Three transactions were seen at Neptune Court, with prices ranging from $787 to $905 psf
| JO-ANN HUANG |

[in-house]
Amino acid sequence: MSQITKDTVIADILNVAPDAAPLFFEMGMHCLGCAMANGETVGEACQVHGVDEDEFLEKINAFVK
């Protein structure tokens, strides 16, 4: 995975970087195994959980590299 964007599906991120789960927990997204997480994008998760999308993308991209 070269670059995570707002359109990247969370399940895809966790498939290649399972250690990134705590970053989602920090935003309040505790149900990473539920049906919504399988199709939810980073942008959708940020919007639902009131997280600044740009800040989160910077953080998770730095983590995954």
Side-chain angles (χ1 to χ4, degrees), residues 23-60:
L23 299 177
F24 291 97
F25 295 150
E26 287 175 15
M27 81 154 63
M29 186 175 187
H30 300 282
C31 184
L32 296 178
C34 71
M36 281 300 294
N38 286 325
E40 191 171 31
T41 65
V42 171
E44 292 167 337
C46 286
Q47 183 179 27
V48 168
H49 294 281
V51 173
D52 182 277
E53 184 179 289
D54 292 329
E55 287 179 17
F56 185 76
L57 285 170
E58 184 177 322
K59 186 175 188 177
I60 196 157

THEEDGE SINGAPORE | OCTOBER 22, 2012Neptune Court, a former HUDC development at the junction of Marine Parade Road and Marine Vista, saw a surge in buying interest from late September to early October, according to URA Realis data. The 99-year leasehold property is in high demand because of its attractive location, the picturesque views of the sea and the city from the higher floors, as well as its affordability relative to properties in the area, say agents.A 1,270 sq ft three-bedroom unit on the 20th floor changed hands for $1.07 million ($842 psf), according to a caveat lodged with URA Realis on Oct 1. Two other similar-sized units on the 17th and 11th floors changed hands for $1.15 million ($905 psf) and $1 million ($787 psf) respectively in late September.Completed in 1975, Neptune Court has 752 units housed in nine 23-storey blocks. Like other older properties, Neptune Court’s units are large, and typical units are threebedroom apartments measuring 1,270 sq ft and 1,635 sq ft. Facilities are basic, including table tennis, a playground and a multipurpose hall. Residents can shop for their daily necessities at the nearby Parkway Parade and Marine Parade regional centre, located a short drive away. Its high floors also offer unending city and sea views, a rare feature in new developments today.Neptune Court’s residents are in the process of privatising the property in the hope of selling it en bloc one day. This is Neptune Court’s second shot at privatisation. Its first attempt was in 2007, when the owners tried to buy the huge open carpark space from the Ministry of Finance so that they could put the entire estate up for a collective sale. Back then, the Ministry of Finance quoted residents a privatisation cost of $144 million, or $191,000 a unit. The owners could not afford the hefty price and abandoned plans to privatise the property. In June 2009, the price was reduced to $40 million, which was still out of the owners’ reach.Now, owners have to pay $64.5 million, or about $75,000 to $90,000 a unit, depending on the size of their unit, say property agents. The price is still too high for some owners, says Mohamed Ameen, a marketing director at ERA Realty Network, so Neptune Court’s enbloc aspirations may have to be put on hold again. “Not many owners are willing to pay that kind of money,” he continues. “For developers, a better choice would be Laguna Park or Lagoon View , as they are already privatised.”Neptune Court’s privatisation woes have also spilled over to its prices. Ameen notes that while the price of Neptune Court’s threebedroom units hovers around $1 million, those of a similar size at Laguna Park are priced about $1.5 million. It works to the advantage of homebuyers, however, as units at Neptune Court are deemed more affordable and because of its proximity to both amenities and the East Coast Park expressway. “It’s nearer to Marine Parade and Parkway Parade, compared with Laguna Park , Lagoon View and Bayshore Park. Victoria Junior College is just next door,” he says. “But it will be a few years before the property is fully privatised.”The potential of Neptune Court cannot be overlooked, though. Ameen says most of the owners there are long-term residents, who bought their homes at a low price in the 1980s. Only a few expats are renting the property’s three-bedroom units, with rents starting at $3,500 a month. The recent buyers of units in the project are also owner-occupiers.